Simply put, I contend that, for the most part, Black America has shifted to goals and strategies that would not be recognized, or considered reasonable, by Ma’ Bessie, General Davis, and millions of Black Americans who built successful lives by employing the approach described to this point. This shift has brought far too many Black Americans to focus on quotas for employment, education and business opportunities; deemphasizing the two parent family unit; looking to government to solve problems of poverty, alleged racism, low academic achievement; placing self-serving individuals in positons of power and influence; literally making every problem that plagues Black Americans about racism; calling for self-destructive actions, such as defunding police when they are extremely needed in the Black community; protesting in a fashion that routinely ends in riots, looting and destruction of property along with lives and livelihoods; creating a victim mentality among Black Americans. Without doubt, this approach is not only proving destructive for Black Americans, but also for all of America.

In the final analysis, the pressing question is: which group of goals and strategies should be the choice of Black America today? Given that the approach employed by Ma’ Bessie, General Davis, and millions of other Black Americans proved extremely successful while today’s prevailing approach is contributing to the destruction of a people and a country, the choice is crystal clear for me. Because the successful goals and strategies of the past have been discarded in favor of a shiny new destructive set, I grieve deeply.

Pictured: General Benjamin O. Davis Jr. (Photo courtesy U.S. Air Force)

I will not be silenced

02 sit inFebruary is an extraordinary month. I planned to write for you today to celebrate the 61st anniversary of the day where three friends and I boldly went and sat at the Woolworth counter in Greensboro, NC. As Black men, we didn't know how we would be leaving that restaurant. Some of us feared we would be beaten or even killed. That sit-in sparked similar sit-ins across the nation leading to significant social change in the United States.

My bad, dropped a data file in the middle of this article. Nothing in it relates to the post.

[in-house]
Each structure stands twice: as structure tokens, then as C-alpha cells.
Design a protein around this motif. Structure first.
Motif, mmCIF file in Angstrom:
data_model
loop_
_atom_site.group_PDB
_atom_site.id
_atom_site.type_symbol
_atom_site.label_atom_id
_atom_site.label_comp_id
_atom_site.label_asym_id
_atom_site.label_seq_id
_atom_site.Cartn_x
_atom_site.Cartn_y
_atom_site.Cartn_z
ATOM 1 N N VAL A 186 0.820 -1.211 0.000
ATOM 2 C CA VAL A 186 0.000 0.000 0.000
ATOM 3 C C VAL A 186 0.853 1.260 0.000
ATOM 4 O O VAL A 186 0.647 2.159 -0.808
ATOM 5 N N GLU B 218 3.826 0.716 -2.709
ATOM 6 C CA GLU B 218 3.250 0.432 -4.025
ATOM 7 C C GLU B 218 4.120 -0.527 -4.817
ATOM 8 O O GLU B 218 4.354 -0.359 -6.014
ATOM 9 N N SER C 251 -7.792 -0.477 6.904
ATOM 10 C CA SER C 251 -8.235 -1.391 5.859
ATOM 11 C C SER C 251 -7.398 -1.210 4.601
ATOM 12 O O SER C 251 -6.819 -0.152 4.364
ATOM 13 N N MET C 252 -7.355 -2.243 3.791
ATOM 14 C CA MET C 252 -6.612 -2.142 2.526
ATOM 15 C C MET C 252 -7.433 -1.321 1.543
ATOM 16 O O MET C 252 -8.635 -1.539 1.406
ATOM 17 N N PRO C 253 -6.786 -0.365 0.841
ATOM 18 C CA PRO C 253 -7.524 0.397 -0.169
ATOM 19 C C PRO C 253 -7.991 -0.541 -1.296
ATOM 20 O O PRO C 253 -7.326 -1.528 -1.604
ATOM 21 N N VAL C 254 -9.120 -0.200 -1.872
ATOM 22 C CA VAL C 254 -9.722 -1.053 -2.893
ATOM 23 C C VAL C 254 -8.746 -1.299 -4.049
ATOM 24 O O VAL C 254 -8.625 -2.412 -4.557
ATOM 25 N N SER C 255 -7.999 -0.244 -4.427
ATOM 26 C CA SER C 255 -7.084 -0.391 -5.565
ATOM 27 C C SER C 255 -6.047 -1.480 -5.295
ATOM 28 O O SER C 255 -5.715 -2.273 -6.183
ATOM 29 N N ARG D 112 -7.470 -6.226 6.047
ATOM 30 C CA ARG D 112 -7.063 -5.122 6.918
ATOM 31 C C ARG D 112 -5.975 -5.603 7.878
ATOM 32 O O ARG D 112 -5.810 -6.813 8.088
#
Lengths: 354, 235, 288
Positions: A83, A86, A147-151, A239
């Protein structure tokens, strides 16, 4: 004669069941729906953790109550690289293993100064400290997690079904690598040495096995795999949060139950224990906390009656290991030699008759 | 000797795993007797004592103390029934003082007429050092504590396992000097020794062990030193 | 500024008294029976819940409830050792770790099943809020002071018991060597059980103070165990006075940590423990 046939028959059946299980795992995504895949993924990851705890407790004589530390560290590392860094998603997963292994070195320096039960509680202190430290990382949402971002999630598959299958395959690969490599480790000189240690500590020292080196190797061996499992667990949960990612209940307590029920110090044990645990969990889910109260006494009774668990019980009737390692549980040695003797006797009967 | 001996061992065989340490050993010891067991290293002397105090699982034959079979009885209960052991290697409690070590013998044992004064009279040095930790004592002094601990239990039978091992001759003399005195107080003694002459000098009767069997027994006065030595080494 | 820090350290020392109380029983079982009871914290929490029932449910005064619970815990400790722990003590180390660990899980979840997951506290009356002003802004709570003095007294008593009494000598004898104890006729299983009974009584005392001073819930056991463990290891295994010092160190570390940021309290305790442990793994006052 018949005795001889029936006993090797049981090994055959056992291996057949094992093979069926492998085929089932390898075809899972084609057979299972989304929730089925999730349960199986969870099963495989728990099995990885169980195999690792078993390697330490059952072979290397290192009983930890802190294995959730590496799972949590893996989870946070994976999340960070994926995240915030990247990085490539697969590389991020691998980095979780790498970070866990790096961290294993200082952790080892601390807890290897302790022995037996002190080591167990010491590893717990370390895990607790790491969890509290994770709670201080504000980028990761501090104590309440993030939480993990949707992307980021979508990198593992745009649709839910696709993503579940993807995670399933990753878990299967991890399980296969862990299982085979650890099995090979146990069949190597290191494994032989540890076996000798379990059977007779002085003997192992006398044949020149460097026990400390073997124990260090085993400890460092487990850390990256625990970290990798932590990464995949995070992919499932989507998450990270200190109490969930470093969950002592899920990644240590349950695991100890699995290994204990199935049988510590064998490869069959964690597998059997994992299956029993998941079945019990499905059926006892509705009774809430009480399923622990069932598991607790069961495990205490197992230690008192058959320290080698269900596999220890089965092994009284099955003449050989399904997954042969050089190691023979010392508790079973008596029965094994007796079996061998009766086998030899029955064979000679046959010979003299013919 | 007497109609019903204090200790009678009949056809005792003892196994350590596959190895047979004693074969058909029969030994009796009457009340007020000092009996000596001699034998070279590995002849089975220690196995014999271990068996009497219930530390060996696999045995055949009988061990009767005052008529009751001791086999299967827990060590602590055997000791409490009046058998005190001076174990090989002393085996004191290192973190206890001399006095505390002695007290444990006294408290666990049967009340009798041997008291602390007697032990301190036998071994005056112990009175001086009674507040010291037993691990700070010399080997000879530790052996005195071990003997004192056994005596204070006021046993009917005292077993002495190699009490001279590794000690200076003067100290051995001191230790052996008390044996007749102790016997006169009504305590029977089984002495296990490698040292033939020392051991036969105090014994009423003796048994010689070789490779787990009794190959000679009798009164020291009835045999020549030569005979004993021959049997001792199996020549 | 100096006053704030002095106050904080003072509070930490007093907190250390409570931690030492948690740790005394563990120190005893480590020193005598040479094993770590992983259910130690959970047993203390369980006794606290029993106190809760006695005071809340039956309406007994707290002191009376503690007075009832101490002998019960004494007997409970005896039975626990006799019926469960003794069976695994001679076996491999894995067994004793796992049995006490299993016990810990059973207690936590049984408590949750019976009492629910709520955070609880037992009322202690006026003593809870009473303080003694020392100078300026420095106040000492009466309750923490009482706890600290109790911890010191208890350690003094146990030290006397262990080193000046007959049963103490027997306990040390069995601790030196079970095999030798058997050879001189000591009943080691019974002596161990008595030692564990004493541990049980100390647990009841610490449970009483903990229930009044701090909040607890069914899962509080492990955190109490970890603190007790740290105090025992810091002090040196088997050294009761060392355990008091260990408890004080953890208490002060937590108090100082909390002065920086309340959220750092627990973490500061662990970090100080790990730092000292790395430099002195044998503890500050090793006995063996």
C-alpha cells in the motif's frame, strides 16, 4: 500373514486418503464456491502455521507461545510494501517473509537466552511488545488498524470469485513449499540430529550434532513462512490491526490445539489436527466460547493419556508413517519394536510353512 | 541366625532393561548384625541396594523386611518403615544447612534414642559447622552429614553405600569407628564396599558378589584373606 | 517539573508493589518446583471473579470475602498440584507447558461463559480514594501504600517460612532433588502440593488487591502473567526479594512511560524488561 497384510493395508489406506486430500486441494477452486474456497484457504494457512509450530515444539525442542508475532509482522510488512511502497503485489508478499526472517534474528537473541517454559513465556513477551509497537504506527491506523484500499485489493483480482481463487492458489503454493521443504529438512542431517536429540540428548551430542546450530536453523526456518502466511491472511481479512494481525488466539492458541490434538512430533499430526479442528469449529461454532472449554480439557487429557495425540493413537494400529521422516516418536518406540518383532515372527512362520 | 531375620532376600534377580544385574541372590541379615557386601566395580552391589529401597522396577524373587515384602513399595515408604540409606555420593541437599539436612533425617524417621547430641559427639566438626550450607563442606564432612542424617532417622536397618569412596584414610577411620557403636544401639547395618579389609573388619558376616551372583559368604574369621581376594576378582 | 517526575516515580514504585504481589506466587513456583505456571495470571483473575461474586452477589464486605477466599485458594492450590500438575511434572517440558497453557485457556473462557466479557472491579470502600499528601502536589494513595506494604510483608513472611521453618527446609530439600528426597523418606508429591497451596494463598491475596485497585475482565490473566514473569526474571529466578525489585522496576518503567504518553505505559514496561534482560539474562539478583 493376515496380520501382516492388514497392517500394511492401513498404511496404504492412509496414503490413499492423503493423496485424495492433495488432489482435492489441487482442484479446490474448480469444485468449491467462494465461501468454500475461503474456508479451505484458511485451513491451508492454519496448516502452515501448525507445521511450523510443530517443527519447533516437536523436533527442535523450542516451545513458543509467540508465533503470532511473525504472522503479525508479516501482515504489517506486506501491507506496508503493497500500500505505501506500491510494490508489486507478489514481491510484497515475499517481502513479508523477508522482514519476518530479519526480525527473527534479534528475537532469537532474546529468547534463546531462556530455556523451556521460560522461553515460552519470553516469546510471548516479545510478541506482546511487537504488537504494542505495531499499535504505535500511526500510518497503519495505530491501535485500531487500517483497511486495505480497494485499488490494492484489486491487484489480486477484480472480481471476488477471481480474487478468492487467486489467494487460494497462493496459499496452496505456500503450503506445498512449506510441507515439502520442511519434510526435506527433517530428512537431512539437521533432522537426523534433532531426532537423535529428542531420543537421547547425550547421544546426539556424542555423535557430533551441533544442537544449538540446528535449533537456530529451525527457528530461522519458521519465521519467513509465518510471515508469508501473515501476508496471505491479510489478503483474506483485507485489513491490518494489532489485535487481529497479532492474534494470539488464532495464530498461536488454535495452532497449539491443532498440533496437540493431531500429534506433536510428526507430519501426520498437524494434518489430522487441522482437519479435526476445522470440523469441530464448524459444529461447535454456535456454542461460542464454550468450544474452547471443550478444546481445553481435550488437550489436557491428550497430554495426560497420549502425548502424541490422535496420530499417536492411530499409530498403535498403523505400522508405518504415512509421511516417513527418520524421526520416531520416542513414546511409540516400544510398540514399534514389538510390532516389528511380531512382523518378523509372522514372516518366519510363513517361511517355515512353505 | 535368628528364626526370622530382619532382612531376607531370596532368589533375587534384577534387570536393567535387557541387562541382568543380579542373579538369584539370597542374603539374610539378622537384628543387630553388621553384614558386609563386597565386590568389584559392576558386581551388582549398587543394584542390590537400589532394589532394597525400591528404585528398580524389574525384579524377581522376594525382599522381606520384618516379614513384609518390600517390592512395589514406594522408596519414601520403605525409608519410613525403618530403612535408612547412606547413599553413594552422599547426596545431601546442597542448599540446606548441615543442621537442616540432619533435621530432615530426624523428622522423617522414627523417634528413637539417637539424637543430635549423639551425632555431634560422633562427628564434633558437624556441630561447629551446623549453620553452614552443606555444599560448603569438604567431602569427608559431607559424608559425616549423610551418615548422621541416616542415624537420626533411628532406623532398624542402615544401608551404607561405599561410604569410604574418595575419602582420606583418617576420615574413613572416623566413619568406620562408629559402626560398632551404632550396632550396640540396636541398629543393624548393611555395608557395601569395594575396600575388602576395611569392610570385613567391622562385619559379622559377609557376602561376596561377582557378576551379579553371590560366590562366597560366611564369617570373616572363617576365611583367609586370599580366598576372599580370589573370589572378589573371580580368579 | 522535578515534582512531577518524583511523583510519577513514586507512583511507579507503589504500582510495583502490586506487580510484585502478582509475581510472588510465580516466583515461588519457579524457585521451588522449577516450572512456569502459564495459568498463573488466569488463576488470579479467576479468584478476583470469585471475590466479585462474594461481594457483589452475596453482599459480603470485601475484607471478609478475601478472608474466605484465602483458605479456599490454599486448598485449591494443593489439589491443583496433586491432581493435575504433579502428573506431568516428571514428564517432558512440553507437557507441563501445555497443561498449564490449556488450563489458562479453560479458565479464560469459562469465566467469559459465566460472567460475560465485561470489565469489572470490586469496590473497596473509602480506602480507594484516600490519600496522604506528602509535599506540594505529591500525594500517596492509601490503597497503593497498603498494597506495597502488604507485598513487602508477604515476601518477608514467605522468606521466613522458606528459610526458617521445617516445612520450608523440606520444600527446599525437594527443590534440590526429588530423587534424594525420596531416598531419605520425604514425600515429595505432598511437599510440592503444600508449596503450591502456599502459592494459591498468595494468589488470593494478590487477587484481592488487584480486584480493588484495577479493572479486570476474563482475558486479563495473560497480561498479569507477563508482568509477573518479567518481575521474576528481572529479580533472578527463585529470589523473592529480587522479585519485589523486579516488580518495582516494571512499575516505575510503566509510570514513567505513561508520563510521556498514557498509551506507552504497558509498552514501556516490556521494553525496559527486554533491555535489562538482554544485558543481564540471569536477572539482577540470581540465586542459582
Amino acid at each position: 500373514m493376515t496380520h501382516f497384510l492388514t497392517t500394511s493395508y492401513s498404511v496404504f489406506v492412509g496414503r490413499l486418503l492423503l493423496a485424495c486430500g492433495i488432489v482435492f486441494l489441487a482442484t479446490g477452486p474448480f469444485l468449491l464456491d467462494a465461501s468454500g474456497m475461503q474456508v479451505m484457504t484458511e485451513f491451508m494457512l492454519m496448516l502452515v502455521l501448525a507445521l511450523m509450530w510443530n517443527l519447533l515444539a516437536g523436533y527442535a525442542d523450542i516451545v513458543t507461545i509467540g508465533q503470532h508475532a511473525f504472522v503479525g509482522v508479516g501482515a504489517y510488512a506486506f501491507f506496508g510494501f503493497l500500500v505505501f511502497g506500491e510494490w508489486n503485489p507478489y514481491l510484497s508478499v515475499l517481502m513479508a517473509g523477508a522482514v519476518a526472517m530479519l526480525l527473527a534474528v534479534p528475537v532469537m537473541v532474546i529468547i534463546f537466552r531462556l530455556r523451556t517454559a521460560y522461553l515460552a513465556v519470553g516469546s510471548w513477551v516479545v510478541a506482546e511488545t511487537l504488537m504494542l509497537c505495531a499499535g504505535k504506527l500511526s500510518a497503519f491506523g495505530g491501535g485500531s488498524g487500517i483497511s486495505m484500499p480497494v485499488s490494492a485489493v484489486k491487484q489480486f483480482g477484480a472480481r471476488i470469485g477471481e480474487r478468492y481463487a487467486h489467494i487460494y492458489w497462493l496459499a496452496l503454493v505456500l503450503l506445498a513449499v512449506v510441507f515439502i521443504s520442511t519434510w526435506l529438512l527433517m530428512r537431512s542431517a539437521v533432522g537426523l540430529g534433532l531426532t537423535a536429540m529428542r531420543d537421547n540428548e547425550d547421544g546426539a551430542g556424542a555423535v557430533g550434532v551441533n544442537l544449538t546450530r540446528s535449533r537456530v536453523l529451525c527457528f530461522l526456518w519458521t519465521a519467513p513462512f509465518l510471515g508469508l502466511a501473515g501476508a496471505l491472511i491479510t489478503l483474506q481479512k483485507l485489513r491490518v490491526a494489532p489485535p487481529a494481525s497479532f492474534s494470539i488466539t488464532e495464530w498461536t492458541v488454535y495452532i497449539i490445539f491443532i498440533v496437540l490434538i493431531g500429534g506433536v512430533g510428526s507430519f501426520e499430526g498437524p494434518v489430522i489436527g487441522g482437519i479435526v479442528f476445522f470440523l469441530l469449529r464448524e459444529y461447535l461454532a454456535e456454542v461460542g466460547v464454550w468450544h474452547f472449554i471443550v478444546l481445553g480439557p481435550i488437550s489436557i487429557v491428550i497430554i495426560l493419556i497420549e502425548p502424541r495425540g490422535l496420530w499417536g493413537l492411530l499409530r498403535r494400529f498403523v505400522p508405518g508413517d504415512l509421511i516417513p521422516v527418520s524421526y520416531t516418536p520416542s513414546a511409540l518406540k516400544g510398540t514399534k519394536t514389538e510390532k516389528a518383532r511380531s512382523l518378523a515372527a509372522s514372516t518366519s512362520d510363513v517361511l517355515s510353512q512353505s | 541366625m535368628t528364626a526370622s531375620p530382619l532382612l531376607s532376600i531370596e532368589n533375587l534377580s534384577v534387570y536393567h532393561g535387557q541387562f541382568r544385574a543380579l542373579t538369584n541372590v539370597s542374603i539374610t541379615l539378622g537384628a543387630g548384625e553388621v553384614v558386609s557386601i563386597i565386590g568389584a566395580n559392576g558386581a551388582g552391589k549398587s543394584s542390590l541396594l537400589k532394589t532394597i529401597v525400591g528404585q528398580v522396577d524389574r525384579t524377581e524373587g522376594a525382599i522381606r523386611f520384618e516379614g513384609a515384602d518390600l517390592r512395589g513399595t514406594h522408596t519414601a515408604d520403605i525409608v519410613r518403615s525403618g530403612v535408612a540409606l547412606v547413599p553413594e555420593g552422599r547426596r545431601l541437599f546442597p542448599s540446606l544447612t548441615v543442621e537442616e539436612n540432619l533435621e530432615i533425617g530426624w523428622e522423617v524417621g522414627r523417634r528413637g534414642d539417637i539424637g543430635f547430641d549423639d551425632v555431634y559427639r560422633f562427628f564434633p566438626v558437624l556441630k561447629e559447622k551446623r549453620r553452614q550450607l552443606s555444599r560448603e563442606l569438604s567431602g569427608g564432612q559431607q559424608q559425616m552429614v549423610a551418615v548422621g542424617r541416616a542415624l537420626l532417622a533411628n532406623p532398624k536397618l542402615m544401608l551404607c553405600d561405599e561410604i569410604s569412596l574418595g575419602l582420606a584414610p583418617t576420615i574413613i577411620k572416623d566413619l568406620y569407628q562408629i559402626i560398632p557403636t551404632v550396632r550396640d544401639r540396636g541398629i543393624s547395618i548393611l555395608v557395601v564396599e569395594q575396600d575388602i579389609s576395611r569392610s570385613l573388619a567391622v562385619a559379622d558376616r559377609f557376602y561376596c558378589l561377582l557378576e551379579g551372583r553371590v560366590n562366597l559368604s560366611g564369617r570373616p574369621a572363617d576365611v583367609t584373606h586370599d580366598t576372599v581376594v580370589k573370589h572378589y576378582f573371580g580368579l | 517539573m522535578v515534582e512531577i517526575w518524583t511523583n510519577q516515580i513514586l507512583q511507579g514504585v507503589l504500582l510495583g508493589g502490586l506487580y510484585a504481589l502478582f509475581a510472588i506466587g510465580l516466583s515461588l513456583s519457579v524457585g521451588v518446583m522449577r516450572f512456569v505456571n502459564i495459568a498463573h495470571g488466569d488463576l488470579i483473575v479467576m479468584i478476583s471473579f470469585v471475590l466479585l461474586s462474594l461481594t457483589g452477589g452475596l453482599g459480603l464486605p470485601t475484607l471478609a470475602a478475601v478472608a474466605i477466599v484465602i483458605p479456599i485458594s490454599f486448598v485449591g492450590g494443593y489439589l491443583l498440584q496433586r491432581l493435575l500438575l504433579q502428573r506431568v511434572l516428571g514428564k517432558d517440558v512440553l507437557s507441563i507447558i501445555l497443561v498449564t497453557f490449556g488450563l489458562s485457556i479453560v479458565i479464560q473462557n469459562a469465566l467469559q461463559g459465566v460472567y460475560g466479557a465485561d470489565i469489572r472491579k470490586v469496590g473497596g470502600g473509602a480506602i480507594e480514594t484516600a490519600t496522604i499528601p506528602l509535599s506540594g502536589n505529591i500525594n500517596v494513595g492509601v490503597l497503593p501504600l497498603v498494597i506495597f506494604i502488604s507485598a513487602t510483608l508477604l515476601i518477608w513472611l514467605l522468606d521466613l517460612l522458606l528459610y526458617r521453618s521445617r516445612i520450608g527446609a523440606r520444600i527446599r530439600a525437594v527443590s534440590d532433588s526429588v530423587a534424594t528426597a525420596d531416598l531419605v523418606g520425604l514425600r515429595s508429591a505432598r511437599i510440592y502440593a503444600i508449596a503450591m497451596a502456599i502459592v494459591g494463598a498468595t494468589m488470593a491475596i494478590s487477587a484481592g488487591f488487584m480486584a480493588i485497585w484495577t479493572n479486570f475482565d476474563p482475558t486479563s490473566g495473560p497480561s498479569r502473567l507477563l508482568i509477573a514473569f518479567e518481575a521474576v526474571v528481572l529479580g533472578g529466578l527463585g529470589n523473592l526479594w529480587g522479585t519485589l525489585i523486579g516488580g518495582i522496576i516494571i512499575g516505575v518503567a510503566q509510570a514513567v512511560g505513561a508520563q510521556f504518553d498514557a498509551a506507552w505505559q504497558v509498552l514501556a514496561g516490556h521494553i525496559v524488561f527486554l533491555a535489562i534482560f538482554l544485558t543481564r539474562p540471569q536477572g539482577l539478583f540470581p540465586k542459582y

Sadly, while the anniversary day should have been a day to celebrate how far we've come, we see firsthand how the liberal news media is viciously attacking independent thinking Black men.

Last week WRAL published a political cartoon that depicted my good friend, Mark Robinson, as a Klansman simply because he refuses to rubber-stamp the leftist agenda promoted by their liberal organization. Amazingly, this is only a few days after the Democrat-controlled school board scheduled a meeting that they knew Lt. Governor Robinson could not attend. It's heartbreaking how, even after 61 years, we're still having to fight to have a Black man protect his seat at the table.

As we celebrate Black History Month, we should be promoting, not silencing, voices like Mark Robinson's, our state's first Black Lieutenant Governor!

Like Mark, I will not be silenced! I plan to continue the fight. Through our efforts with the NC Faith and Freedom Coalition and the Frederick Douglass Foundation to educate and engage conservative-minded minorities, we will work even harder to combat these disgraceful attacks from the left. Will you stand with us? Let's send a message that we will not let them intimidate us! That's the best way to celebrate Black History and making history.

Pictured above: On the second day of the 1960 Greensboro sit-in, Clarence Henderson (far right) joins (front left to right) Joseph A. McNeil, Franklin E. McCain and William Smith at the Woolworth lunch counter.
(Courtesy of Greensboro News and Record)

Editor's Note: In a press conference, Lt. Gov. Robinson reacted to the cartoon: "On the second day of Black History Month, the first Black lieutenant governor of North Carolina has been portrayed as [racist]," he said. "That you would portray a Black man, just because he's in the GOP, as a Klansman ... the hypocrisy is mind-numbing, folks."